Theater Review: 'Admirable Chrichton' just misses
The premise of American Players Theatre's production of "The Admirable Chrichton" is amusing.
An English aristocratic family, served by a class conscious butler, William Chrichton, is shipwrecked on a desert island. Chrichton turns out to be a mechanical genius and even equips the island with electric lights. He becomes the head of the family, served by the very snobs he once served.
Alas, the survivors are rescued and servants and masters alike resume their old roles, though those at the top seem less happy to do so than do those at the bottom.
The play, by James Matthew Barrie, is, thus, satire of the British class system, though it doesn't quite work. Or, maybe it does work: the difference depends on whether one is willing to accept the premise that servants are just as haughty and petty as their masters.
Chrichton, played by veteran APT actor James Ridge, just misses the mark. Ridge looks like our stereotype of an English butler but he isn't quite convincing as a snob. It may just be that I've been watching him perform for years, but Ridge just comes across as too nice a guy to be sufficiently haughty.
Colleen Madden, who can play any role, might have been a bit more convincing as Chrichton. Instead, she plays the role of Tweeny, a housemaid who is Chrichton's love interest when things go well but who loses her role in favor of Lady Mary when the family is shipwrecked.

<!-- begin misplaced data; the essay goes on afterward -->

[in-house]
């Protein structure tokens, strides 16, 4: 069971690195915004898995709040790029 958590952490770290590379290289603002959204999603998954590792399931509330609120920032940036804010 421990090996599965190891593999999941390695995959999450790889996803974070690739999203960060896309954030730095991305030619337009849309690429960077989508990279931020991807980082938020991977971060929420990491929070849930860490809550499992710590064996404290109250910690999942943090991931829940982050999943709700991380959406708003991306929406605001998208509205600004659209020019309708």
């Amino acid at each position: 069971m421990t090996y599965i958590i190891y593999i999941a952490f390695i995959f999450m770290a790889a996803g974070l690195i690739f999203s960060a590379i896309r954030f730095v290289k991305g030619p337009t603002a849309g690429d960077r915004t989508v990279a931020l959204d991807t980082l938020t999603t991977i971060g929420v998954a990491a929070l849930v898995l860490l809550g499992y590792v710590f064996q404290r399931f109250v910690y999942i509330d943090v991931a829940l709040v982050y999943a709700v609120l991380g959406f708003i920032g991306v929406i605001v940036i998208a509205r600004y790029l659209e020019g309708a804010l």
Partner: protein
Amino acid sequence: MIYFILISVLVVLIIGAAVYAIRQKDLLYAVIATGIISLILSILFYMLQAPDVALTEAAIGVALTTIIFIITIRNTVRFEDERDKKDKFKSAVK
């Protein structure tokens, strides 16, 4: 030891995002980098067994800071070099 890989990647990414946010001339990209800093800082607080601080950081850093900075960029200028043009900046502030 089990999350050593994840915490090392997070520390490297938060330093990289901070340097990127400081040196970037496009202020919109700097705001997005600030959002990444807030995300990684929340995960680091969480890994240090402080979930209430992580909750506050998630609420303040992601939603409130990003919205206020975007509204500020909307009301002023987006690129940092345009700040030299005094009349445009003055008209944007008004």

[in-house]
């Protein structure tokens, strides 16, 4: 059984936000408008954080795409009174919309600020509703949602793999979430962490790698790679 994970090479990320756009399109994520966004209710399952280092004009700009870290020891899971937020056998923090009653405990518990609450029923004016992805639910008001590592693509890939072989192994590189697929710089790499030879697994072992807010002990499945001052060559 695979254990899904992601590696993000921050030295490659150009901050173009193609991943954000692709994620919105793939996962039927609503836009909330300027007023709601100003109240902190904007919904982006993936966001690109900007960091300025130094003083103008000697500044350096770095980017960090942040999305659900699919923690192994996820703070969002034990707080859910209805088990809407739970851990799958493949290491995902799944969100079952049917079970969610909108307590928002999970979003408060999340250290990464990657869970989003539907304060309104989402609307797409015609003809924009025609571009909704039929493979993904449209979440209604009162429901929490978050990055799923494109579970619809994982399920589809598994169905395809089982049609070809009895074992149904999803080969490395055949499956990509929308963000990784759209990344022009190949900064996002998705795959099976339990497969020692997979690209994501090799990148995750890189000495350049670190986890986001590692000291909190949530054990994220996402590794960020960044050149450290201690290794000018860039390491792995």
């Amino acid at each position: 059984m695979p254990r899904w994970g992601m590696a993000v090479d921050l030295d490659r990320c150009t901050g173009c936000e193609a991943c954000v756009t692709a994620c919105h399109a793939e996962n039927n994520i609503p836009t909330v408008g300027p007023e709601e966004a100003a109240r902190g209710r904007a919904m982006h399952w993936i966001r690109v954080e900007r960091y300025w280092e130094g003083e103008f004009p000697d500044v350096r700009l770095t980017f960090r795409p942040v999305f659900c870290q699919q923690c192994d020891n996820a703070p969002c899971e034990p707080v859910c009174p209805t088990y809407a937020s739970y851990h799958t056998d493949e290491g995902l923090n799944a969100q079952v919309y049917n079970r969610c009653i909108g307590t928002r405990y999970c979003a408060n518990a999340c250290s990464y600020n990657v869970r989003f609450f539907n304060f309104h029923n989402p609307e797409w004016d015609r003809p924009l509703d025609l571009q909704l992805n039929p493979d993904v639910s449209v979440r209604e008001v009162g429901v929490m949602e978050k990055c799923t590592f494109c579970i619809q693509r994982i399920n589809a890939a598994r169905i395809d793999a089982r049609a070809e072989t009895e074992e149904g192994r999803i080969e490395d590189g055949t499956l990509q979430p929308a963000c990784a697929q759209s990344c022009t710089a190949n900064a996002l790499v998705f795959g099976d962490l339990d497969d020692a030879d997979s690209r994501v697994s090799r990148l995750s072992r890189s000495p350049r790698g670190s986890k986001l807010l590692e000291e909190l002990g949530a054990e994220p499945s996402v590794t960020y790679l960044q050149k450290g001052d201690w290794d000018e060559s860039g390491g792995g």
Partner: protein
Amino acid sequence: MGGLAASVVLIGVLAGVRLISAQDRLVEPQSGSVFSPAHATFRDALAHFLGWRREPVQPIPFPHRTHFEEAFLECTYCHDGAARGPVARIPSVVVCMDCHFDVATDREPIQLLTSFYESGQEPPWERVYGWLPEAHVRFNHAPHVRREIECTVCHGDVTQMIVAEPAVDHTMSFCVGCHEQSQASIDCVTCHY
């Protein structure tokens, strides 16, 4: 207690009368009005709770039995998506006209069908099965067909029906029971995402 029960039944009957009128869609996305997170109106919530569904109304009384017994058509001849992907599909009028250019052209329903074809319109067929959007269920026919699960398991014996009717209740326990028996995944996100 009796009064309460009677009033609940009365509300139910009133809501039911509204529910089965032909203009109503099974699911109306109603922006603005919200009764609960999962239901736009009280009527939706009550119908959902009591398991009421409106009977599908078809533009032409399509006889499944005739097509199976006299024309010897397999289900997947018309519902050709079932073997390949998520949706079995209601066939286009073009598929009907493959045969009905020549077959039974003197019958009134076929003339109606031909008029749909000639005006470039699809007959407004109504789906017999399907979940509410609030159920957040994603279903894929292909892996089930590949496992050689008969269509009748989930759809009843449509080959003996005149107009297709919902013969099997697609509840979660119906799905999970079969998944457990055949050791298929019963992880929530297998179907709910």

As the lowly housemaid in the big house, Madden resembles no one so much as Agnes Gooch -- if any of you reading are young, check out "Aunty Mame" -- but transforms into a confident, beautiful woman on the island, all to no avail because Chrichton, in power, has lost interest.
Another bright spot in the play is Steven Haggard, who plays the foppish role of the Honorable Ernest Wooley, who is neither earnest nor honorable.
Susan Shunk plays Lady Mary, who, on the island, is able to run down stags for the family table and delights in Chrichton's eye, but who, on returning to London, resumes her engagement to Lord Brockelhurst, ably played by John Taylor Phillips.
All in all, "The Honorable Chrichton" is a pleasant play; it could be a touch better.
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